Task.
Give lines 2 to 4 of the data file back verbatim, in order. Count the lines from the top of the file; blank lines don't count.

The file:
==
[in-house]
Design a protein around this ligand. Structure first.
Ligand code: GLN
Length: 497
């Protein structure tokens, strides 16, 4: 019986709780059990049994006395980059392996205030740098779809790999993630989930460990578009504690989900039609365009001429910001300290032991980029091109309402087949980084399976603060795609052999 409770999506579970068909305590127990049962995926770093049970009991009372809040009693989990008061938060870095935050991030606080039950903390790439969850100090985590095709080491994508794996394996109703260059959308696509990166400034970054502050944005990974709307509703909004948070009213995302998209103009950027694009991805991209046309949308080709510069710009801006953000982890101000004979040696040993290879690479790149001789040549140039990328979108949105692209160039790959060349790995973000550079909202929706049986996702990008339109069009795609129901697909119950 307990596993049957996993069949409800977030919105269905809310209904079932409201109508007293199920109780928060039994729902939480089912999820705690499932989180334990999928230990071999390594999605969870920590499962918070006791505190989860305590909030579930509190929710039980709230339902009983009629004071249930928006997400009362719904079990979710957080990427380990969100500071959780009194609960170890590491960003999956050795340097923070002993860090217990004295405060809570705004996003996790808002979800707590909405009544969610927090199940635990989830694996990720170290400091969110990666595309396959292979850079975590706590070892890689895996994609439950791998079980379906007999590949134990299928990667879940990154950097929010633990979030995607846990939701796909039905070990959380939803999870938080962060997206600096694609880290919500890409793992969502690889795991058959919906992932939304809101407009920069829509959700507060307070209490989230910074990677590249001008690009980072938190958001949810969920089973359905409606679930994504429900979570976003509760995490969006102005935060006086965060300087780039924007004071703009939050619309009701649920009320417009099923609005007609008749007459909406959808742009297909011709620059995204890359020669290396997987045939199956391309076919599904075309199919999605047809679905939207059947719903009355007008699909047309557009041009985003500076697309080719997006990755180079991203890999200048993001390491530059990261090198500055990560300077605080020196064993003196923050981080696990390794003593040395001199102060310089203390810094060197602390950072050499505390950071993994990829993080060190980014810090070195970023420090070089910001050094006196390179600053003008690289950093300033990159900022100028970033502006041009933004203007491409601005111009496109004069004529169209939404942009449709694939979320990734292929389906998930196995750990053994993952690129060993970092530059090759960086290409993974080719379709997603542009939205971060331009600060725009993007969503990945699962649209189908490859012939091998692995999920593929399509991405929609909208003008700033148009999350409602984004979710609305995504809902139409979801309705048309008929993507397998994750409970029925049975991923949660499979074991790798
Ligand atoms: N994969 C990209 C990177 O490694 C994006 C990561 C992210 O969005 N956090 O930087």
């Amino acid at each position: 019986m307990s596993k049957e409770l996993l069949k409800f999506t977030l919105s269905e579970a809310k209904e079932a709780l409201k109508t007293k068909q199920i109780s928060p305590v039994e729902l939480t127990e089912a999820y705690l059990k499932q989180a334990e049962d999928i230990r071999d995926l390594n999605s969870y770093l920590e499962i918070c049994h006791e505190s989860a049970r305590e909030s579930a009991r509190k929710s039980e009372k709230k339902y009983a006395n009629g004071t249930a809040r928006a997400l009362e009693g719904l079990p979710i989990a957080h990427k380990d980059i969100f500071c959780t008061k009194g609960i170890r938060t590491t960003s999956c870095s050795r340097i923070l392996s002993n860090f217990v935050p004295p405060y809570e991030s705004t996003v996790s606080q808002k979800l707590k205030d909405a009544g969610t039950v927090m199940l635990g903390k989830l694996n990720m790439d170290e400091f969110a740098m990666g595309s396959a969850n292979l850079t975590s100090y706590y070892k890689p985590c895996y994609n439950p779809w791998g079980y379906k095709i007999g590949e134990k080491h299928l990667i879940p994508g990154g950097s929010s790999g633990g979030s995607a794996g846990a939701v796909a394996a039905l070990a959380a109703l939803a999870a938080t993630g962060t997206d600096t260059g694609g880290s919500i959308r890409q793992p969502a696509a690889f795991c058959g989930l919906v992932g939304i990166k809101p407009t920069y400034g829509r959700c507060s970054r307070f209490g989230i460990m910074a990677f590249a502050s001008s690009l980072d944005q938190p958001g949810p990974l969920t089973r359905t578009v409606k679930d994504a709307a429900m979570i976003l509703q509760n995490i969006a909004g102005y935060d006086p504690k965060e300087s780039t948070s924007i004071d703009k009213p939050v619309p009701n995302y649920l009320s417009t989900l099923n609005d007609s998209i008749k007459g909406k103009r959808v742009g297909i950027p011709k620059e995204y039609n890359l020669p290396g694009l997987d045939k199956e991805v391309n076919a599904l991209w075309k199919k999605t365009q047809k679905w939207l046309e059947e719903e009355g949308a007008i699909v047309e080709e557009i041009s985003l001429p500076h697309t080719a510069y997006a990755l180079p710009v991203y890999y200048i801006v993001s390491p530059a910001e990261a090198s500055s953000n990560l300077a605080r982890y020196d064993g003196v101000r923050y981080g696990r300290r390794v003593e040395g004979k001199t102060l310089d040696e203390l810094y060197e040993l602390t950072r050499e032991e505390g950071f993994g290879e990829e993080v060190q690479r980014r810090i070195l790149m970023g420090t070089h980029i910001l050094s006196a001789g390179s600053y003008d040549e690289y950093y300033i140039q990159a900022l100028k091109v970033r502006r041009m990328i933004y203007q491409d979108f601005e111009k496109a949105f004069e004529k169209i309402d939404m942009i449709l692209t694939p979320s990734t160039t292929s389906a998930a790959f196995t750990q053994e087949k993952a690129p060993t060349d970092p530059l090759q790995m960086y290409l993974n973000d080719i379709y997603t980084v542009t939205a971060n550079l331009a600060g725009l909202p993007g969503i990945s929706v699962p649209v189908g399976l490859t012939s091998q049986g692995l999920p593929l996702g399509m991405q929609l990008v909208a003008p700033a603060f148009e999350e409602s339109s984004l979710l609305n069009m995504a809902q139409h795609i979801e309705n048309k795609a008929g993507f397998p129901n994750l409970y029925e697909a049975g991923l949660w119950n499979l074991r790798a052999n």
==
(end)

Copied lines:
Design a protein around this ligand. Structure first.
Ligand code: GLN
Length: 497